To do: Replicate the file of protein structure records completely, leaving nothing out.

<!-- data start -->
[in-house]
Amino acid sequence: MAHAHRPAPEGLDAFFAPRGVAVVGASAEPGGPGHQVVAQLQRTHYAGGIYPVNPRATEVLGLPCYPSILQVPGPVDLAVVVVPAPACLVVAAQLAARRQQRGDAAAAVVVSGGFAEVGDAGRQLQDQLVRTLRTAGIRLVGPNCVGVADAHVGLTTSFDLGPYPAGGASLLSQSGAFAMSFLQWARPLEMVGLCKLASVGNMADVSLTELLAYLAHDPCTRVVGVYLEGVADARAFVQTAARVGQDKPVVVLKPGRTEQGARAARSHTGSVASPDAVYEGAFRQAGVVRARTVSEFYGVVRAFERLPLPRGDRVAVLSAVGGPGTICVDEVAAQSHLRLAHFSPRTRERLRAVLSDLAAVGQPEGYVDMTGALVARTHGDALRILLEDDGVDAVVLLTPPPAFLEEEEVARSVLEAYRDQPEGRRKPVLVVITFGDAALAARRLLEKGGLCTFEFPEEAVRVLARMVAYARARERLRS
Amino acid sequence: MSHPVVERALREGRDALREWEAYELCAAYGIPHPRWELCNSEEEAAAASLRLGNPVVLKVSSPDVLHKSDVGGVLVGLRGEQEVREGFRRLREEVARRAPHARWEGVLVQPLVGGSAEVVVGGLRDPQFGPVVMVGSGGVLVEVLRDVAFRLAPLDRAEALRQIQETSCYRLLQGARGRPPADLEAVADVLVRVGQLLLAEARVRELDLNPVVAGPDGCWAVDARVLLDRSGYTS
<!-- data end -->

[in-house]
Amino acid sequence: MAHAHRPAPEGLDAFFAPRGVAVVGASAEPGGPGHQVVAQLQRTHYAGGIYPVNPRATEVLGLPCYPSILQVPGPVDLAVVVVPAPACLVVAAQLAARRQQRGDAAAAVVVSGGFAEVGDAGRQLQDQLVRTLRTAGIRLVGPNCVGVADAHVGLTTSFDLGPYPAGGASLLSQSGAFAMSFLQWARPLEMVGLCKLASVGNMADVSLTELLAYLAHDPCTRVVGVYLEGVADARAFVQTAARVGQDKPVVVLKPGRTEQGARAARSHTGSVASPDAVYEGAFRQAGVVRARTVSEFYGVVRAFERLPLPRGDRVAVLSAVGGPGTICVDEVAAQSHLRLAHFSPRTRERLRAVLSDLAAVGQPEGYVDMTGALVARTHGDALRILLEDDGVDAVVLLTPPPAFLEEEEVARSVLEAYRDQPEGRRKPVLVVITFGDAALAARRLLEKGGLCTFEFPEEAVRVLARMVAYARARERLRS
Amino acid sequence: MSHPVVERALREGRDALREWEAYELCAAYGIPHPRWELCNSEEEAAAASLRLGNPVVLKVSSPDVLHKSDVGGVLVGLRGEQEVREGFRRLREEVARRAPHARWEGVLVQPLVGGSAEVVVGGLRDPQFGPVVMVGSGGVLVEVLRDVAFRLAPLDRAEALRQIQETSCYRLLQGARGRPPADLEAVADVLVRVGQLLLAEARVRELDLNPVVAGPDGCWAVDARVLLDRSGYTS